As lawmakers and educators reimagine the K-12 model for fall, an online survey led by Kao-Ping Chua, M.D., Ph.D., assistant professor of pediatrics, assessed parents’ plans in Illinois, Michigan, and Ohio for in-person school and support for 15 potential measures to reduce the risk of COVID-19 in schools. The online survey included 1,193 parents and guardians of public school children.
“If the schools here decide to open, then that will mean we are trending in a favorable direction as far as the virus is concerned. I trust the local school districts to make the best decision based on their staff/cleaning/knowledge of the situation,” a parent from Illinois wrote.
The objectives of the survey were (1) to provide policymakers with information on the plans of parents and guardians regarding sending children to school for in-person classes during the 2020-2021 school year; and (2) to provide information on the views of parents and guardians on 15 measures to decrease COVID-19 risk at school.
- Two-thirds of respondents reported that they will likely send all of their children to school; one-third were unsure or were not planning on sending at least one of their children.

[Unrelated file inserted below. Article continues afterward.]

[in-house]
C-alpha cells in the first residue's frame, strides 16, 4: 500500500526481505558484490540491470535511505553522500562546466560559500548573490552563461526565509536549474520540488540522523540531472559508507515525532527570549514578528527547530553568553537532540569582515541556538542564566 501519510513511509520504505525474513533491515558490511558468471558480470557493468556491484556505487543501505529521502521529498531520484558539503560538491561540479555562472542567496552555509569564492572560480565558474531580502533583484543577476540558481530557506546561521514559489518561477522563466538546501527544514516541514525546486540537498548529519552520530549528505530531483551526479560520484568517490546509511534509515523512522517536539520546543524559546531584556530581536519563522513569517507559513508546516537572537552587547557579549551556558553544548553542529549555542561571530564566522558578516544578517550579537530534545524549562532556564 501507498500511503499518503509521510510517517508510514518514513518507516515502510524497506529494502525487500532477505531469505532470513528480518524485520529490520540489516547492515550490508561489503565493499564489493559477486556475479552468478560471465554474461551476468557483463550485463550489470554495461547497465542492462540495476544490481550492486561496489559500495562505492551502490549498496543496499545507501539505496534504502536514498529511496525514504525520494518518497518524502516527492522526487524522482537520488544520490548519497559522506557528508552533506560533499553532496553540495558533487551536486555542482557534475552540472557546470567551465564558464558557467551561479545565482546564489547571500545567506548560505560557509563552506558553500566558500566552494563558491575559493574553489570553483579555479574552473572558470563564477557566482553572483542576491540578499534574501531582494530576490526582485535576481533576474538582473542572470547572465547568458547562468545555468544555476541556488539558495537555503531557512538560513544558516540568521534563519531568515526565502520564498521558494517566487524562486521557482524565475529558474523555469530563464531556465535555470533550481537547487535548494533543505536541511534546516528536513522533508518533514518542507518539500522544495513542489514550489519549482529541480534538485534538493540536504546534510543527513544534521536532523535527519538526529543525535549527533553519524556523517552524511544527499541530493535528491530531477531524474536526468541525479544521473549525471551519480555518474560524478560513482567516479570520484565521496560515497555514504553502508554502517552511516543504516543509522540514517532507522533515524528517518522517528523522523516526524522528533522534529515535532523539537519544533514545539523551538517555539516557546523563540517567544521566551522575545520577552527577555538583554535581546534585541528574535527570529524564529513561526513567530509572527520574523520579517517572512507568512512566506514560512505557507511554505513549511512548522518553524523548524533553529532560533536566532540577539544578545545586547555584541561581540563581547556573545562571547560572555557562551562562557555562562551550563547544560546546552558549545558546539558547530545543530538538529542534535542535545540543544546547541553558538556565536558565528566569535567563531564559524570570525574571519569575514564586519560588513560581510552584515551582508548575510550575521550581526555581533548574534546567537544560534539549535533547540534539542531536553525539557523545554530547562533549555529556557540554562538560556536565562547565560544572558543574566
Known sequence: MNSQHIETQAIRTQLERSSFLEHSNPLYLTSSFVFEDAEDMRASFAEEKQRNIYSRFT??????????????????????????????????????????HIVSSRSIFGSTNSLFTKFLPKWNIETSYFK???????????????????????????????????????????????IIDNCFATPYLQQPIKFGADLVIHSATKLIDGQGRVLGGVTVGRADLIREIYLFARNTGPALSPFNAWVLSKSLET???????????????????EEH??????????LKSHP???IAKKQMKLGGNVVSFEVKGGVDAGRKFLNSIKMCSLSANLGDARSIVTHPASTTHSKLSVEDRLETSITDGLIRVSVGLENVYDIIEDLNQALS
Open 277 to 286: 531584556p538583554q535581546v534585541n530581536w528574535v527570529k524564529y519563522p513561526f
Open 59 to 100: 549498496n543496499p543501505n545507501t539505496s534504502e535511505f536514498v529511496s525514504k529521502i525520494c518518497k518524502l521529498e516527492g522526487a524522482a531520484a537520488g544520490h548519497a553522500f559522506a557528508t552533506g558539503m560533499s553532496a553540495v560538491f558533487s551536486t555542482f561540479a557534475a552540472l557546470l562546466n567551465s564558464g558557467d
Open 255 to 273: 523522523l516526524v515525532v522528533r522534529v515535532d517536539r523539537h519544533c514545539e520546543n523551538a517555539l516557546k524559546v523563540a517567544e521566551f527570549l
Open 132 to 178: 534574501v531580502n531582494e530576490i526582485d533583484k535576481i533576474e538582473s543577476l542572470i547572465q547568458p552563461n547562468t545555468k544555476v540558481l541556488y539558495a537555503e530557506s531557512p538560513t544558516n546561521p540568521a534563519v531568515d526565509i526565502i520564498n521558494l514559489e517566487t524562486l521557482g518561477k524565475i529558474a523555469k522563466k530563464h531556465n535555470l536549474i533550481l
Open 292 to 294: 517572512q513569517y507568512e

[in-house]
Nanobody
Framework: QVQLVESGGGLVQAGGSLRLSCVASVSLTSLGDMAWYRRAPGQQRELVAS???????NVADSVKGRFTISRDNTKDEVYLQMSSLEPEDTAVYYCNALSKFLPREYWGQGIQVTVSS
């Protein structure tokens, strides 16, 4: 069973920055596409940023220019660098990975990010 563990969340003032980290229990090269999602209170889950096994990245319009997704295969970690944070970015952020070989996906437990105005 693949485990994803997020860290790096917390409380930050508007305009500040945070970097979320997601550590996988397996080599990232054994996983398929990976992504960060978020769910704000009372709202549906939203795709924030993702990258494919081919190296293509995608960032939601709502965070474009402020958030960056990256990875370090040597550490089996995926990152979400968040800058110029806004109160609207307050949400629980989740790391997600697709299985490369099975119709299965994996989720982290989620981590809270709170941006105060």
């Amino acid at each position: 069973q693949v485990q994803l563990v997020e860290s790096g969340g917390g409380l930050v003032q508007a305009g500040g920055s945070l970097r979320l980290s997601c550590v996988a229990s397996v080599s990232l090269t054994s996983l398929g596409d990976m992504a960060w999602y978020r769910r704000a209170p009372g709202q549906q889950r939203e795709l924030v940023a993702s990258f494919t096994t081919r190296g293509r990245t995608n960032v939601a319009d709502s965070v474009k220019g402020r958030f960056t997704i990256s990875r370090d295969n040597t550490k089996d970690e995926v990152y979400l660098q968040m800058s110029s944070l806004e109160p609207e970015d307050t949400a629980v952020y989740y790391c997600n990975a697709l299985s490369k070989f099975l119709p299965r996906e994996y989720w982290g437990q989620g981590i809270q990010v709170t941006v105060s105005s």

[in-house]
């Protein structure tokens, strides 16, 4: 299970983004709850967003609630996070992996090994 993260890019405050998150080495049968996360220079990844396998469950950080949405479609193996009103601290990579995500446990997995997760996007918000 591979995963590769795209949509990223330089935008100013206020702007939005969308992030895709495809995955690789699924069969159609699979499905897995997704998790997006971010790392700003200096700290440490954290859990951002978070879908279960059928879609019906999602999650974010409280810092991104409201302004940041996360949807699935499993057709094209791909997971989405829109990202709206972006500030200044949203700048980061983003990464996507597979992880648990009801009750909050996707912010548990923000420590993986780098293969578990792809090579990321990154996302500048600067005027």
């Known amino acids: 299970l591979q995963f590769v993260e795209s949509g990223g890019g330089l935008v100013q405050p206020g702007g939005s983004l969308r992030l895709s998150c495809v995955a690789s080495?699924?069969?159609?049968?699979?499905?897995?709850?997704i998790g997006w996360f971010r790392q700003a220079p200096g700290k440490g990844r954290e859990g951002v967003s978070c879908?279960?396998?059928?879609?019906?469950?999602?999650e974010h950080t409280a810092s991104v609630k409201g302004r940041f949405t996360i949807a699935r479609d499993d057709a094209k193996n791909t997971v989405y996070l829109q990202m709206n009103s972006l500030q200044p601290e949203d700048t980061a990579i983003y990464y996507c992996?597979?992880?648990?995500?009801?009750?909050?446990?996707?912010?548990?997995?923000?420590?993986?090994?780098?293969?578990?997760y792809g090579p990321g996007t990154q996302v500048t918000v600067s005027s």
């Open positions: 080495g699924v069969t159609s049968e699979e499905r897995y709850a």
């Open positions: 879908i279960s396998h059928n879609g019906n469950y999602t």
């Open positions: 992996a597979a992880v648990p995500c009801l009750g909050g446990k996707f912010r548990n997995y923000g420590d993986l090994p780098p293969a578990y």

- Respondents from low-income households and racial/ethnic minority backgrounds were less likely to report that they plan to send their children to school, raising concerns for potential educational disruption among less advantaged students.
- Support for risk-reduction measures varied. Measures with high support included having fewer children on buses, alternating between in-person and online classes, staggering arrival and pickup times, daily temperature screens of students, testing children if a classmate has COVID-19, weekly random testing of school staff for COVID-19, and requiring face coverings for school staff. Less than half of respondents supported requiring face coverings for children in kindergarten through 2nd grade.
As lawmakers, public health experts and educators re-imagine public K-12 schools for fall of 2020, a U-M team surveyed parents about their attitudes and plans to decrease the risk of coronavirus transmission in schools.